Most modern cars since the 1970s come with a standard safety feature called ABS which stands for Anti-locking Braking System. Even If you’re an experienced driver, unexpected emergency situations may occur. When attempting to avoid imminent collision or danger on the road ahead, you may find yourself instinctively jumping on the brakes which can cause your vehicle to swerve out of control. ABS prevents the wheels from locking up to maintain grip with the road.
If you press your brake pedal and the brake pedal goes all the way to the floor, do the following:
- Shift to a lower gear (manual) or ‘low’ (automatic)
- If driving a vehicle without ABS, try to pump the brake pedal hard and fast to see if you can build up brake fluid pressure.
- Gradually apply the parking brake and keep the release button pressed to prevent the wheels from locking
If none of the above works, try to steer in a safe direction until you roll to a stop. Honk your horn and flash your lights to warn others.
If driving at high speeds, you can slow down using friction by rubbing your vehicle against the divider/curb. However, this is only in extreme cases, and you should be very careful.
Oncoming vehicle in your lane
If an oncoming vehicle crosses over to your lane, sound your horn and flash high beams. If no immediate response, brake hard and steer towards the side of the road.
Don’t pull into the left lane as it may cause a head-on collision if the other driver recovers and pulls back into his/her lane.
Crashing into water
When crashing into water, you need to exit the vehicle immediately. The vehicle will only float for 30 seconds to 2 minutes.
In case your vehicle crashes into the water, do the following:
- Undo your seatbelt
- Open your window as soon as you hit the water and get out of the vehicle as soon as possible. Avoid opening a door as water will flood into the vehicle, making it very difficult to get out
- If unable to open the window, try to break it using heavy tools/objects or by kicking it out
Don’t call 911 until you are safe or unable to get to safety.
In case of a car fire, immediately pull over and stop. Turn off the ignition, get away from the car and call the fire department.
Unless you know exactly what to do, fighting a car fire can be very dangerous.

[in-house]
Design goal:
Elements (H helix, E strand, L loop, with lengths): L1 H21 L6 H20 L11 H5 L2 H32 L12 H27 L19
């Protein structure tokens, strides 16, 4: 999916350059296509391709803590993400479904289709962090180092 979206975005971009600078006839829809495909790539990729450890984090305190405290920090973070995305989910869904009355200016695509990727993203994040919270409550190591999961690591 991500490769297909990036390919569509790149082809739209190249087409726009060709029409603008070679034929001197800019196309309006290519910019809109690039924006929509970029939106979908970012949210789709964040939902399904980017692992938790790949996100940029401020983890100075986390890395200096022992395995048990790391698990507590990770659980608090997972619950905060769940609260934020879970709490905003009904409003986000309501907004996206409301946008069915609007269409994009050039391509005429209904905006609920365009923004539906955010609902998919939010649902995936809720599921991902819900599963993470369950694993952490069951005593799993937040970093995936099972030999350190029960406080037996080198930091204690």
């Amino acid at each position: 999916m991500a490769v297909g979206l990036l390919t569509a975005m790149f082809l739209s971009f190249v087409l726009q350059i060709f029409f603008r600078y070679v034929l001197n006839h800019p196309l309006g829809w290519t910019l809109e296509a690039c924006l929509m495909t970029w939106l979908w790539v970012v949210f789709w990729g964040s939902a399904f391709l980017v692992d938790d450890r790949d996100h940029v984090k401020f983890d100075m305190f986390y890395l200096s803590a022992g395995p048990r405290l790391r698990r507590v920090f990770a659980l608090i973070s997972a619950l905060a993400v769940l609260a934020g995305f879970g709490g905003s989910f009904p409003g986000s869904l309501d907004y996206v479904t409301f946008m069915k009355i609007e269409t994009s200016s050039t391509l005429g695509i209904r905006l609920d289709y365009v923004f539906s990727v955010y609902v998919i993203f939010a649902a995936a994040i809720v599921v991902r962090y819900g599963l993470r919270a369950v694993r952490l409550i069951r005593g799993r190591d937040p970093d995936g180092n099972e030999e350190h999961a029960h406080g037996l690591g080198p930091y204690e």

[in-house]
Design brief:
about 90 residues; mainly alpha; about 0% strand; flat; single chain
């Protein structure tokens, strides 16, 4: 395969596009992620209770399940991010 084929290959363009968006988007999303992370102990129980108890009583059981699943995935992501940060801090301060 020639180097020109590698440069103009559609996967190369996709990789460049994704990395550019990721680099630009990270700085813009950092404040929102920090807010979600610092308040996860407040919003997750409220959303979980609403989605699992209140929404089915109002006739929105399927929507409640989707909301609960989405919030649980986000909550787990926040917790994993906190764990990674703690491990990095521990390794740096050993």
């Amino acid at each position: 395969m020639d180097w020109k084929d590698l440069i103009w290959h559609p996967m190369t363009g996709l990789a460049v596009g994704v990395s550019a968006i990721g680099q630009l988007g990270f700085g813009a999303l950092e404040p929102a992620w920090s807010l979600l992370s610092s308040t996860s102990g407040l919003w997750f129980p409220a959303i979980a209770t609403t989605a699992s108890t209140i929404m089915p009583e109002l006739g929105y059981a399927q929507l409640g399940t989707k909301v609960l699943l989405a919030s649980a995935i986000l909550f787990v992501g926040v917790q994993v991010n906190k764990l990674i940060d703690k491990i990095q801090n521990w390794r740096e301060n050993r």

Never apply water on a gasoline/diesel fire – it may make the fire worse!
Car fires usually occur due to mechanical failure or failure to maintain your vehicle. Having little of- or no anti-freeze or motor oil can cause the engine to overheat. If you see an animal on the road, try to slow down as quickly as possible. Do not swerve! Swerving to avoid hitting an animal that suddenly runs onto the road can create an even more dangerous situation such as running off the road or into oncoming traffic. If you see an animal near the road, slow down! Animals are unpredictable and may suddenly run onto the road or change direction. If you spot movement on or near the road, slow down! Also, be extra careful when: Furthermore – deer breed during late autumn and most deer collisions occur during this period.
Animals on the road
Car fires usually occur due to mechanical failure or failure to maintain your vehicle. Having little of- or no anti-freeze or motor oil can cause the engine to overheat.
If you see an animal on the road, try to slow down as quickly as possible. Do not swerve! Swerving to avoid hitting an animal that suddenly runs onto the road can create an even more dangerous situation such as running off the road or into oncoming traffic. If you see an animal near the road, slow down! Animals are unpredictable and may suddenly run onto the road or change direction.
If you spot movement on or near the road, slow down! Also, be extra careful when:
Furthermore – deer breed during late autumn and most deer collisions occur during this period.